Let's be clear about it: you'll probably either love or hate Ross McElwee's documentaries. Intensely personal, frequently plotless, and filmed in a first-person style that both calls attention to the artifice of the camera and makes the camera disappear, McElwee's films meditate on human relationships, historical events, and the passage of time in an utterly unique way. Much of McElwee's work can be watched online on Netflix. Here are four films worth seeing:
- Time Indefinite. Spurred by the coincidence of a marriage and a funeral and concluding with the birth of McElwee's son, Time Indefinite is an attempt to use filmmaking as a way to comprehend the myriad significant events that punctuate our lives, endowing them with meaning.
- Sherman's March. Begun as an attempt to trace the path General Sherman made through the south at the end of the Civil War, Sherman's March willfully allows itself to be derailed by McElwee's personal life. In the process, the film considers what it means that the plans we make are almost invariably interrupted.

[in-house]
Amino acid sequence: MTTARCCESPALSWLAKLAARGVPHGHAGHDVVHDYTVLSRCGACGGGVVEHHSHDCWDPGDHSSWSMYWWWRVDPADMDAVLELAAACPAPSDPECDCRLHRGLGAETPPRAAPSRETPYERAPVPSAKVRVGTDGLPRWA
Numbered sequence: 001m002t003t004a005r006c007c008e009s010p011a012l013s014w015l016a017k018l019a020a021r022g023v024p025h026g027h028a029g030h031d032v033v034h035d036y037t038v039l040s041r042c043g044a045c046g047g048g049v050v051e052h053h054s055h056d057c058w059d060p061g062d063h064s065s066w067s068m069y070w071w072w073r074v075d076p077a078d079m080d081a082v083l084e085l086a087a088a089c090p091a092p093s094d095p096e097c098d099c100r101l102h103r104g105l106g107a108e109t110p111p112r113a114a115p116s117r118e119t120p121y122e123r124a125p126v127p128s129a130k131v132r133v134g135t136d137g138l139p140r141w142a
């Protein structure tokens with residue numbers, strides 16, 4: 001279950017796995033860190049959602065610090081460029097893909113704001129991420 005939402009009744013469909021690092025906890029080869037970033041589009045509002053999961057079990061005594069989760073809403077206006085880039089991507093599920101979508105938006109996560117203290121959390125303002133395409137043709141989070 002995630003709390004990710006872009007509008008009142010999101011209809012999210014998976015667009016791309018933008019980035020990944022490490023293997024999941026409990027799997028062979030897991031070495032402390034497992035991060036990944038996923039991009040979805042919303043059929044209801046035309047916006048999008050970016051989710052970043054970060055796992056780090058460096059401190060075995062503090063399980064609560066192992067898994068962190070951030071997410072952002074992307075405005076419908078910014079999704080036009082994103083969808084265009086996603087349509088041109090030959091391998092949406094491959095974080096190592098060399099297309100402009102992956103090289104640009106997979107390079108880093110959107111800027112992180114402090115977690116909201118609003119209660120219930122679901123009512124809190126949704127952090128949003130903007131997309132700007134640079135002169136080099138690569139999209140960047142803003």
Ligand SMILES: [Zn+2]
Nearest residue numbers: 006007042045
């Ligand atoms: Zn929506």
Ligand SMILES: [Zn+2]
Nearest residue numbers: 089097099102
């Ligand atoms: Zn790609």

- Six O'Clock News. A course in reality TV before reality TV really existed, Six O'Clock News is an extended meditation on how film and TV cameras (and what these cameras portray) present us with a singular vision of the world.
- Bright Leaves. Also in part a meditation on film, Bright Leaves uses the discovery of a classic Hollywood film about tobacco as incitement to explore McElwee's family history of tobacco farming along with the distinctive import of the industry to North Carolina.